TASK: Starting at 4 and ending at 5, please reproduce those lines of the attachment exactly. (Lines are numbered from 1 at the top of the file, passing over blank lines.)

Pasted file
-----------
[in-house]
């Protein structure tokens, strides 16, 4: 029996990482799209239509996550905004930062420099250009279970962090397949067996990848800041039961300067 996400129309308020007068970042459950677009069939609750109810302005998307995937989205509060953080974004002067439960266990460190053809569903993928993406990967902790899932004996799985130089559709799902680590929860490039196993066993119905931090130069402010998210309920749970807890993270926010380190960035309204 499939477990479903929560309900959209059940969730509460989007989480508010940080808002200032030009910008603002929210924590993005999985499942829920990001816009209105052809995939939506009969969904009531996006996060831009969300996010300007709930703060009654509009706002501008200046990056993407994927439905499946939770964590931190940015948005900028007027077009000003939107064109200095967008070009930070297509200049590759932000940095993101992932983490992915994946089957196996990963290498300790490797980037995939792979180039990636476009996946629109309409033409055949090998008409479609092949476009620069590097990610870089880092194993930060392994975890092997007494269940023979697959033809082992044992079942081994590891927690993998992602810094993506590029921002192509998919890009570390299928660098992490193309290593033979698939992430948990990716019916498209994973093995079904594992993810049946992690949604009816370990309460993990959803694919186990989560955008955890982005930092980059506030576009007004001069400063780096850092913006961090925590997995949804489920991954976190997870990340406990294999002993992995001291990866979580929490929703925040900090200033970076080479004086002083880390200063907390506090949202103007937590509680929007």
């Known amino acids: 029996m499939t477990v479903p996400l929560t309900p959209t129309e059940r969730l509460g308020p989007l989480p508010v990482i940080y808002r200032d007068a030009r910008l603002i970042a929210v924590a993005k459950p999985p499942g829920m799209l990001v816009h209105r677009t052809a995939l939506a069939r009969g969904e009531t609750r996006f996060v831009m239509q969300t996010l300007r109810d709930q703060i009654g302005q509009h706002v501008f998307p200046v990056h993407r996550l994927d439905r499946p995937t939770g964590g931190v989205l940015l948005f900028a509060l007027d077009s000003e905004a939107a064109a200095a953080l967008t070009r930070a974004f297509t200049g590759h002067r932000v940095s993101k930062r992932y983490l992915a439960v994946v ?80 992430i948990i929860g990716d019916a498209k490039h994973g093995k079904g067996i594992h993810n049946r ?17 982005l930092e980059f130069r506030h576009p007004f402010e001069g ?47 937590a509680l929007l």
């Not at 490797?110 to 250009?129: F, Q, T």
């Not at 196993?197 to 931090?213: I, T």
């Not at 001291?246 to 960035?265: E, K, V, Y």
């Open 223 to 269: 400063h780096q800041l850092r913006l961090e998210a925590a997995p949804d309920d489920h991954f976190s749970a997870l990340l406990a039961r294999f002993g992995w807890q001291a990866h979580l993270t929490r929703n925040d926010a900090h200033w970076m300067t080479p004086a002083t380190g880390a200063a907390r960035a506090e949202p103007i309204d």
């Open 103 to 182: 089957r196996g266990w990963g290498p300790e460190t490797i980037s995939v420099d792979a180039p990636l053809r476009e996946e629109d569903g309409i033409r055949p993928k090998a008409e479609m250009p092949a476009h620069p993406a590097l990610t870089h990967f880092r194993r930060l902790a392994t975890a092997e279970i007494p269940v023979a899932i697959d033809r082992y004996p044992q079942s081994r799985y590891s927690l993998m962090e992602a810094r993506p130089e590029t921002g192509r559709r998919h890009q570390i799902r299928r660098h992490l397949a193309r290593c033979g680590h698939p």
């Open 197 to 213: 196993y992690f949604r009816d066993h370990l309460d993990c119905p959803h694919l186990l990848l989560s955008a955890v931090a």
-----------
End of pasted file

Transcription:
């Not at 490797?110 to 250009?129: F, Q, T």
């Not at 196993?197 to 931090?213: I, T």